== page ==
This presents an interesting conundrum. How can a color regarded as the least favorite by both groups be ascribed such positive attributes? Well, some believe that the prevalent dislike of the color orange is more a result of the stylistic choices of the times.
It seems, orange was simply out of style at the time of the survey. This shows us that the associations and appeal of a color are dependent on more than any inherent characteristics of the color itself.
So where does this leave you when choosing colors for your brand and product labels?
Consider the Idea Behind the Brand's Colors
Based on what we just discussed, should you just throw away everything you know about color associations? Not quite, but you should keep in mind that these colors have no emotive power outside of a clear and defined context.
In the creation of your color palette, then, you want to create something that speaks to the philosophy, or personality of your brand. To do that, you must understand your brand.
Color stereotypes will only work in specific socio-cultural and brand contexts. You must know the context in which your colors are to be interpreted. Essentially, what you wish for them to represent as an extension of your brand.
Starbucks, for example, is well known for its iconic green and white palette. That wasn't always the case. In 1971, at their inception, the company chose brown to represent coffee. The palette wasn't changed until 1987, when Howard Schultz became the CEO. He decided upon the color green because he felt it would represent the freshness, growth and one of a kind property of their brand and selection of brews.
So don’t fret, people will learn to associate a particular set of colors with your brand. If you wish to use color stereotypes to your advantage then make sure you are mindful of the context they will exist in, and the personality you wish to convey.
With that knowledge, you are now prepared to select some colors to represent your brand.
Arranging the Color Palette
So you’ve got a few colors in mind. The next question is how best to organize them? Well, one psychological principle may have the answer. It’s called the Isolation Effect, and it dictates that an image is more readily burned into the mind of an observer when it is presented in contrast to the things around it.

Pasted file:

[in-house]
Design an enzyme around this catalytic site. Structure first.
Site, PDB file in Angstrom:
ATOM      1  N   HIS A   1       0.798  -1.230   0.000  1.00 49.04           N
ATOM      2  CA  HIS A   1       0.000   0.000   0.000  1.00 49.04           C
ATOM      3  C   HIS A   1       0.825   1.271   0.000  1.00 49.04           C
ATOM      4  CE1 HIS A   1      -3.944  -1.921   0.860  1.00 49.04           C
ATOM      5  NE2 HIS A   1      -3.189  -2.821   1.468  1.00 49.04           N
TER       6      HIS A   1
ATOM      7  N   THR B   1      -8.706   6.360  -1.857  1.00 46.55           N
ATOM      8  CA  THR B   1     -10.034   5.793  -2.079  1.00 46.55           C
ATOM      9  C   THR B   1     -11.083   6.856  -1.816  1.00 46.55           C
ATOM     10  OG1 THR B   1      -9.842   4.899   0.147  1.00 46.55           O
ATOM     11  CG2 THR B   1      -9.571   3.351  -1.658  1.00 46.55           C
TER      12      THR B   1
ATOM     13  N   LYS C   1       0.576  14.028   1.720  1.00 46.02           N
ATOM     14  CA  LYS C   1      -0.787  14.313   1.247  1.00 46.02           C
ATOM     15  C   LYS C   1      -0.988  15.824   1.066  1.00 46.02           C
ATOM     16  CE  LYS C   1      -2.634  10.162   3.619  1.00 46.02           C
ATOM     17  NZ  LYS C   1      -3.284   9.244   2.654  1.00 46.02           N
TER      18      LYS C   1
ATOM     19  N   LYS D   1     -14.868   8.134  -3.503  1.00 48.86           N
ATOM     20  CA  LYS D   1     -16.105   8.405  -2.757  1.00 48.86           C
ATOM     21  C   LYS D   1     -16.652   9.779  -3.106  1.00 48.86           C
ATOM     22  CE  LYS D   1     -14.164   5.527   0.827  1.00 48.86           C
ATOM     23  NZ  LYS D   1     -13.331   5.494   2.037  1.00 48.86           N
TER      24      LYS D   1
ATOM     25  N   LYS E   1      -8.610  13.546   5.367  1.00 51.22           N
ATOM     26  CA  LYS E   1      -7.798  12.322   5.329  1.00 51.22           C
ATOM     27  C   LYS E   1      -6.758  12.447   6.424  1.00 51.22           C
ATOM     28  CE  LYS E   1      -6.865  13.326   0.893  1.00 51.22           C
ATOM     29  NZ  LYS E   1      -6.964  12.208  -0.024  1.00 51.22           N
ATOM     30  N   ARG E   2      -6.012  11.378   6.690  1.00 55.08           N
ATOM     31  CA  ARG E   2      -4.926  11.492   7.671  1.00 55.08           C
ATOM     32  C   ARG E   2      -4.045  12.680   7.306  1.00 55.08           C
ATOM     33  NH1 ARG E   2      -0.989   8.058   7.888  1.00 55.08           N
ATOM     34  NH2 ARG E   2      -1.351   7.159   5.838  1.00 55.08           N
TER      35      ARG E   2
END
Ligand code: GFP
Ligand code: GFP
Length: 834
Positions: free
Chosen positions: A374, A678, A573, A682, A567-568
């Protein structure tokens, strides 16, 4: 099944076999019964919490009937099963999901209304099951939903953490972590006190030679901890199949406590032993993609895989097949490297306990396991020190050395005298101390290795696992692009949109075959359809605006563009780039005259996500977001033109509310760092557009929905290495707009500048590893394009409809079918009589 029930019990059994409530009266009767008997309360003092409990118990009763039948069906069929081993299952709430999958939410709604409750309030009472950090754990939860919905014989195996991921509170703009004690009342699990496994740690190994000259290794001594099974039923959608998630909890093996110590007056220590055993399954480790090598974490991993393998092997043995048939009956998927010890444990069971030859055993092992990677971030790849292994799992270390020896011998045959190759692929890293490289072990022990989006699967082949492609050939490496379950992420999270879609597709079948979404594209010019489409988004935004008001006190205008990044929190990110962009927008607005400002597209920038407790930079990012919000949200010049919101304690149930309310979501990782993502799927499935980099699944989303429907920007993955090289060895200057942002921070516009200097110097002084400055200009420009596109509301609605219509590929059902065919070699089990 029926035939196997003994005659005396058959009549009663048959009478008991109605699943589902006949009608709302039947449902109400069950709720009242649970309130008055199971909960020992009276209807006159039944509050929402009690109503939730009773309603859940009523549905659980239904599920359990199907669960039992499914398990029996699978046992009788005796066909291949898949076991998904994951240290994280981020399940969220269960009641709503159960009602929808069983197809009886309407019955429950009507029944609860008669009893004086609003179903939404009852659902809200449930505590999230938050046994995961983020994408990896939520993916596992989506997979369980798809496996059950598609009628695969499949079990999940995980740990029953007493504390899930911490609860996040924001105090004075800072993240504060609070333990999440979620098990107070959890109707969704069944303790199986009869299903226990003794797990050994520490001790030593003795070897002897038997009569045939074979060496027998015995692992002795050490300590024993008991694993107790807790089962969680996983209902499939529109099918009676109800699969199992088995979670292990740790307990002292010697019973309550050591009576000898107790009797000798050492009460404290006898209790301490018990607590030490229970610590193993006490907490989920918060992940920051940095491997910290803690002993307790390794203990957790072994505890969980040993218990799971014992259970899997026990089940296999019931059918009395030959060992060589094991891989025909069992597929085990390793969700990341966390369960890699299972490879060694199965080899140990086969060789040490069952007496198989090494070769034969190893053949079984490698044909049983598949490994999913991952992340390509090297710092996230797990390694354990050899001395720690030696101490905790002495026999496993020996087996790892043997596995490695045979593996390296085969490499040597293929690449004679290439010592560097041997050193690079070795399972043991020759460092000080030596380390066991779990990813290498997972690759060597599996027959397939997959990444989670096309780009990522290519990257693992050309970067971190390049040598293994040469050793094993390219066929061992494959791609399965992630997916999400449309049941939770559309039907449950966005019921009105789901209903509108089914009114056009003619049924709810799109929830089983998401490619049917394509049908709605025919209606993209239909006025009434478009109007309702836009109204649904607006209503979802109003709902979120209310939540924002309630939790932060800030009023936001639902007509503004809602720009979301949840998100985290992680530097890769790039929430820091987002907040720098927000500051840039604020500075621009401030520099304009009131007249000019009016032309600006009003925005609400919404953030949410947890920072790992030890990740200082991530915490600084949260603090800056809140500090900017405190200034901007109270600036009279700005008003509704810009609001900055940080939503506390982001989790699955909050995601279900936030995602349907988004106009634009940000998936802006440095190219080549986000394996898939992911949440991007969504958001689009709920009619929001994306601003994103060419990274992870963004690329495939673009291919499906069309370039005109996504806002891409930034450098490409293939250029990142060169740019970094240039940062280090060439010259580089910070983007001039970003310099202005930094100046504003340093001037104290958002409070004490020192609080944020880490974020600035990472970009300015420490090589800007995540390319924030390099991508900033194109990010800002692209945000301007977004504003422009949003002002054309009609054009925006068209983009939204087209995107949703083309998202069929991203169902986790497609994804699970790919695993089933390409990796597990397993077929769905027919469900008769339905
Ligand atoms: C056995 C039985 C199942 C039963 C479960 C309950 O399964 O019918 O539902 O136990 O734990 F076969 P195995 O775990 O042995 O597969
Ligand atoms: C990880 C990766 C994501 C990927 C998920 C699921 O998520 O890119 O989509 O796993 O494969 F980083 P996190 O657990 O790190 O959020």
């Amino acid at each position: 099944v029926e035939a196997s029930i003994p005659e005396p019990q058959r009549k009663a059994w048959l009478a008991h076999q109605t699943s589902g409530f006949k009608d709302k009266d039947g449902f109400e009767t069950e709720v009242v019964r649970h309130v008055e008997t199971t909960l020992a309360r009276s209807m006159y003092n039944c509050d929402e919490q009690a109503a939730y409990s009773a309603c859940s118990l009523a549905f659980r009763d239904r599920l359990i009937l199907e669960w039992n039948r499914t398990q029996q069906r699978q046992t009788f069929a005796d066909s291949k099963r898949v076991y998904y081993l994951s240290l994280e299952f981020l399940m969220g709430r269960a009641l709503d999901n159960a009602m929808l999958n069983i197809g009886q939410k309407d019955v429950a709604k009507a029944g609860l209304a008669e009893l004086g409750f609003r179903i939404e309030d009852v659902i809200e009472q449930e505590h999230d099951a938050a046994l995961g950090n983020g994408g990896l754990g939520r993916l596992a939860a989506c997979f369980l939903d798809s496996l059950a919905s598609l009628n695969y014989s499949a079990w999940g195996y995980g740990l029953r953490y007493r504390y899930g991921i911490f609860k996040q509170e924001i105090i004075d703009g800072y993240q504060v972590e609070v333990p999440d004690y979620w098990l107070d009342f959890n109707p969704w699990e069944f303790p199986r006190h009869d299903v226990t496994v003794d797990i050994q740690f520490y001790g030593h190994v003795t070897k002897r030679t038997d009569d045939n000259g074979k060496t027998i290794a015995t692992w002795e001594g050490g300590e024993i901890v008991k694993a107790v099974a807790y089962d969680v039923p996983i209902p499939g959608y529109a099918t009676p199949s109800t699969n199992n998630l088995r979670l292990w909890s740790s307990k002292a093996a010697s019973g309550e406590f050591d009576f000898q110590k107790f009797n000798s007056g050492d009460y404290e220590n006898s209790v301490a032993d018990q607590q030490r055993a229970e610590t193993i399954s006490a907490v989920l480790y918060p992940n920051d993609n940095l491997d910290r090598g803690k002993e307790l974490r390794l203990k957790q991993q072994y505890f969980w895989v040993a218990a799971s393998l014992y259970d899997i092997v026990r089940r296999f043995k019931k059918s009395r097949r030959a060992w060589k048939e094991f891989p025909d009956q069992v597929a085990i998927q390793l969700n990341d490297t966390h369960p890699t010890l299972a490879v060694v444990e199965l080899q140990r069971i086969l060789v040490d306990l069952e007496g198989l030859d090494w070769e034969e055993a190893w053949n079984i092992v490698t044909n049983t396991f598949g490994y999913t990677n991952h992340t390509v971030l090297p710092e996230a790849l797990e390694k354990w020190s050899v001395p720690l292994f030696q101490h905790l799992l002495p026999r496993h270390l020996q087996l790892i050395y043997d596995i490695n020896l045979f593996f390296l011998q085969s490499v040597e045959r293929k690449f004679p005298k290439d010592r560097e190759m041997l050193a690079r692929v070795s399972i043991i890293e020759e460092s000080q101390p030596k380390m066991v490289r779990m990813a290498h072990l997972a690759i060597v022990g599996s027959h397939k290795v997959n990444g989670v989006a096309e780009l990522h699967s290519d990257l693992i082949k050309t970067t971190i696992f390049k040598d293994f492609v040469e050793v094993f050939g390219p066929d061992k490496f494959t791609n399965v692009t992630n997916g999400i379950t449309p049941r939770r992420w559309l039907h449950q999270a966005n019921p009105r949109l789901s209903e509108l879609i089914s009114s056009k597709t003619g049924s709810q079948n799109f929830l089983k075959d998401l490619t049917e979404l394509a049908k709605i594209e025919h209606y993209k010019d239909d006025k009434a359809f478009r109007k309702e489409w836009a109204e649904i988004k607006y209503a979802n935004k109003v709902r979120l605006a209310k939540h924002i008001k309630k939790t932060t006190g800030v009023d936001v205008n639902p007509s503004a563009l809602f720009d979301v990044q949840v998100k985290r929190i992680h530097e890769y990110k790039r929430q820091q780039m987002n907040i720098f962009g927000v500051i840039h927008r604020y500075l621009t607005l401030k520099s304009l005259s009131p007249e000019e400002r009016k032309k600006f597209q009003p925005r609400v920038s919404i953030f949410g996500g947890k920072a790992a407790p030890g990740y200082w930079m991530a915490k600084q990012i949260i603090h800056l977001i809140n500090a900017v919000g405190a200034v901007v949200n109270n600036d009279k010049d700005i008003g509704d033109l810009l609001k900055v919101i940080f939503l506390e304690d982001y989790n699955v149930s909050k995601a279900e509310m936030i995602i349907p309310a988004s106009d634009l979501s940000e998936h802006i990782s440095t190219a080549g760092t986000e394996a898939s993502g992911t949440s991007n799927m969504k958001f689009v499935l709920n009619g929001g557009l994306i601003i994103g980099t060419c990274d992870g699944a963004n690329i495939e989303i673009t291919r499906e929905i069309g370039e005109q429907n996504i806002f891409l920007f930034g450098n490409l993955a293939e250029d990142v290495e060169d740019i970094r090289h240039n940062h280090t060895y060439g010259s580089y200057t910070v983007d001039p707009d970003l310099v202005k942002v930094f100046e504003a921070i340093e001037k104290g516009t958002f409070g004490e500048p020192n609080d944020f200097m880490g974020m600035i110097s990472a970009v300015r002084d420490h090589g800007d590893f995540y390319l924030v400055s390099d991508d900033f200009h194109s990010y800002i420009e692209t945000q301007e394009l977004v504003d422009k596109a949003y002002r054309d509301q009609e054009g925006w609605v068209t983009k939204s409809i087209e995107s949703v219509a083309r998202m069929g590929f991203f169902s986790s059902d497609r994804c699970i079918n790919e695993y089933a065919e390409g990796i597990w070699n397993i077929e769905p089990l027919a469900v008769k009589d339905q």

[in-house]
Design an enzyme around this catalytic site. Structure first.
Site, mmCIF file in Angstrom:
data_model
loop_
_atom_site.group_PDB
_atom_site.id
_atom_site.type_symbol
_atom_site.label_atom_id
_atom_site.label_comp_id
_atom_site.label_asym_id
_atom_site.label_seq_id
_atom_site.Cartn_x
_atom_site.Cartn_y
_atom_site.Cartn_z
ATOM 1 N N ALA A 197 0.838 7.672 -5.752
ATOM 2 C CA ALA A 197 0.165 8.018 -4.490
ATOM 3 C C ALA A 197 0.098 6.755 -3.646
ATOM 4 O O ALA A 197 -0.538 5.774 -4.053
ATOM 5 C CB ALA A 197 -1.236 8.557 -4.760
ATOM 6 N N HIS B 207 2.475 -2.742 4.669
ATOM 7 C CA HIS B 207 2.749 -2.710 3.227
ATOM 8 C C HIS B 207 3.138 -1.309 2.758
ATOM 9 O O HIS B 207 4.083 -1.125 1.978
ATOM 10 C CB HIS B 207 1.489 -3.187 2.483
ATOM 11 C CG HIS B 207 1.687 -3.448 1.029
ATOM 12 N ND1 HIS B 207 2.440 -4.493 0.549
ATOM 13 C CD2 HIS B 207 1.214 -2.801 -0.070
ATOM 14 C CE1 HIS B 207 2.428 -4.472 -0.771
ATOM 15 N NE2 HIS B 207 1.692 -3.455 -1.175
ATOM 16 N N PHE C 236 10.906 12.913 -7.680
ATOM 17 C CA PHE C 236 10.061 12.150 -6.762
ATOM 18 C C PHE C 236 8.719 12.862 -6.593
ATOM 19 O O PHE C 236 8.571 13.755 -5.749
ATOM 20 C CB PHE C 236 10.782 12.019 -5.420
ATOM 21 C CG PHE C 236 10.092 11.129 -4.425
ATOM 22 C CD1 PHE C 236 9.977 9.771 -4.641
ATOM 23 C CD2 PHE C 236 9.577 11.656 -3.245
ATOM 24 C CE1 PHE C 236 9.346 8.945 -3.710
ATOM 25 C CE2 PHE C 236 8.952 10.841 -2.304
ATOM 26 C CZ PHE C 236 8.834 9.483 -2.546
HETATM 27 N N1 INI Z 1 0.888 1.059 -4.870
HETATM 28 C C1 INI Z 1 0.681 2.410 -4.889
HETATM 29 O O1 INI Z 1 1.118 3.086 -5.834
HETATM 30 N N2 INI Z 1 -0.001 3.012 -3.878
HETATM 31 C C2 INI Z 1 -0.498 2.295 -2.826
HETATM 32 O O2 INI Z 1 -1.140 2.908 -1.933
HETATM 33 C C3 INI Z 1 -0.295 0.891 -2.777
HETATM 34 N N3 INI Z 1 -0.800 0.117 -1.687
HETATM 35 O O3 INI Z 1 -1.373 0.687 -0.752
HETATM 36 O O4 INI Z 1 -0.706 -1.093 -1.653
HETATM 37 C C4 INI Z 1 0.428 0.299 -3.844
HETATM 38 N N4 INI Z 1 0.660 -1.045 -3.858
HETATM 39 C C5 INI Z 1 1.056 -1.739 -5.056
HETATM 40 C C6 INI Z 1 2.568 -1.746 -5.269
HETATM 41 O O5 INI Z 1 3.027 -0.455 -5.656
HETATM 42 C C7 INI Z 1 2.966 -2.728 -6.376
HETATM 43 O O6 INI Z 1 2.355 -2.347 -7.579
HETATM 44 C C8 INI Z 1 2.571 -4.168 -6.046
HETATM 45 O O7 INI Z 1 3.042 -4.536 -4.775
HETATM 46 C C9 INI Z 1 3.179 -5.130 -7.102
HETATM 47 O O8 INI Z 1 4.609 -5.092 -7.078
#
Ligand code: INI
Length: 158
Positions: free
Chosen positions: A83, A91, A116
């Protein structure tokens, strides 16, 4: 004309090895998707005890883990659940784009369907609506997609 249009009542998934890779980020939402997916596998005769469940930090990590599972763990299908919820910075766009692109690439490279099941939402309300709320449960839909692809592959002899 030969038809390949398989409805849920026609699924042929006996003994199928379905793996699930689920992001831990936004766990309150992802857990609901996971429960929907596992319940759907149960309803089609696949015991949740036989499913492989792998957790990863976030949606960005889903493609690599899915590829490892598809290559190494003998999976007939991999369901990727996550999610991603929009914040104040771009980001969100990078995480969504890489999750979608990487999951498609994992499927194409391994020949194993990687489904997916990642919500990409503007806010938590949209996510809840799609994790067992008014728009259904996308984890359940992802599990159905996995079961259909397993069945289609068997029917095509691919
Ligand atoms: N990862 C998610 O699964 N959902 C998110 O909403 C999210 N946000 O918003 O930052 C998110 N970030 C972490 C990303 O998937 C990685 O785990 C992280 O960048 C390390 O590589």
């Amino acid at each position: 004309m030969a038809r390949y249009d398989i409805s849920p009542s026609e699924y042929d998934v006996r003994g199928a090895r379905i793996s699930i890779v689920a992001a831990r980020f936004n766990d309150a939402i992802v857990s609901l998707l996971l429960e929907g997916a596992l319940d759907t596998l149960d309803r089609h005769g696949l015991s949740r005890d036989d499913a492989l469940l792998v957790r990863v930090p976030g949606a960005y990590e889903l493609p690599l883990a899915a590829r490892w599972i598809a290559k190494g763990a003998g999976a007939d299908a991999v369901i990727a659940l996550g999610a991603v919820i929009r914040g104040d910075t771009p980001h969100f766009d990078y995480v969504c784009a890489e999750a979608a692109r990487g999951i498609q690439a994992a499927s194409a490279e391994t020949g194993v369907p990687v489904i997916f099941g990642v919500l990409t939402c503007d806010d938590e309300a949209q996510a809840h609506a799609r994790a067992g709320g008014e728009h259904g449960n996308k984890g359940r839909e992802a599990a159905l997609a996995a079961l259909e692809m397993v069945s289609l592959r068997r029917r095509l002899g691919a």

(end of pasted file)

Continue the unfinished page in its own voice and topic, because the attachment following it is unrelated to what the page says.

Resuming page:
The sore-thumb effect, if you will. Studies indicate that many people quite enjoy analogous color palettes. The color palettes that stick with them, however, are the ones that incorporate analogous colors as well as triadic, or accent, colors.
Remember; the look and feel of your brand is up to you. It needn’t be dictated by cultural norms. It’s okay to use these stereotypes for your own advantage, but don’t fool yourself into thinking the color alone will do the talking.
Your color palette can only reinforce the image of your brand. It cannot create the image on its own. The color scheme will also communicate different things depending on the context in which its viewed. You have some control over that context, when you establish the ethos of your brand.
So now you’re prepared to choose the color palette for your brand. Be sure to focus on establishing the identity and ethos of your brand so as to influence the context in which those colors are interpreted.
Thanks for reading.
After you’ve chosen your color palette, you’ll likely need some custom printed labels to put on your products to show off the great colors you’ve chosen. We’d love to help.
If you’re looking to get custom labels made, consider giving LabelValue a try. You can get started on a free label quote here. Or you can dial (800) 750-7764 to speak with a representative. LabelValue is open Monday through Friday.